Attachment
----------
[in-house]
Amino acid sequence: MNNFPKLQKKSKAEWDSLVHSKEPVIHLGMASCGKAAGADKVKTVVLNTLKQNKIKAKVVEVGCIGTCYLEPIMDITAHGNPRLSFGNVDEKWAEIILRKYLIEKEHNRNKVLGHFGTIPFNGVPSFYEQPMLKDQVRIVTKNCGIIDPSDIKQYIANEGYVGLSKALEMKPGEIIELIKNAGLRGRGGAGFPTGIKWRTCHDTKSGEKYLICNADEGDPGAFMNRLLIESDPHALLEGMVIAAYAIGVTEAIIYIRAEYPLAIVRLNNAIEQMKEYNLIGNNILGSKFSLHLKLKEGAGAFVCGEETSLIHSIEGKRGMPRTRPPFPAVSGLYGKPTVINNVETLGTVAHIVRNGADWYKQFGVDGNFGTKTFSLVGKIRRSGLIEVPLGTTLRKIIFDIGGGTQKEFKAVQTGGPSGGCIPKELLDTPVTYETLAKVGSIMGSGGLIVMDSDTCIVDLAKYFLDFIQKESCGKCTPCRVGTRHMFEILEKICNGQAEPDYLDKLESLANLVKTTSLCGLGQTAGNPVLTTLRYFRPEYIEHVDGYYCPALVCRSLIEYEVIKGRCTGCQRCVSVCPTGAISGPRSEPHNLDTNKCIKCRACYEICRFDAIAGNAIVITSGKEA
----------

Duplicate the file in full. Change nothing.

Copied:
[in-house]
Amino acid sequence: MNNFPKLQKKSKAEWDSLVHSKEPVIHLGMASCGKAAGADKVKTVVLNTLKQNKIKAKVVEVGCIGTCYLEPIMDITAHGNPRLSFGNVDEKWAEIILRKYLIEKEHNRNKVLGHFGTIPFNGVPSFYEQPMLKDQVRIVTKNCGIIDPSDIKQYIANEGYVGLSKALEMKPGEIIELIKNAGLRGRGGAGFPTGIKWRTCHDTKSGEKYLICNADEGDPGAFMNRLLIESDPHALLEGMVIAAYAIGVTEAIIYIRAEYPLAIVRLNNAIEQMKEYNLIGNNILGSKFSLHLKLKEGAGAFVCGEETSLIHSIEGKRGMPRTRPPFPAVSGLYGKPTVINNVETLGTVAHIVRNGADWYKQFGVDGNFGTKTFSLVGKIRRSGLIEVPLGTTLRKIIFDIGGGTQKEFKAVQTGGPSGGCIPKELLDTPVTYETLAKVGSIMGSGGLIVMDSDTCIVDLAKYFLDFIQKESCGKCTPCRVGTRHMFEILEKICNGQAEPDYLDKLESLANLVKTTSLCGLGQTAGNPVLTTLRYFRPEYIEHVDGYYCPALVCRSLIEYEVIKGRCTGCQRCVSVCPTGAISGPRSEPHNLDTNKCIKCRACYEICRFDAIAGNAIVITSGKEA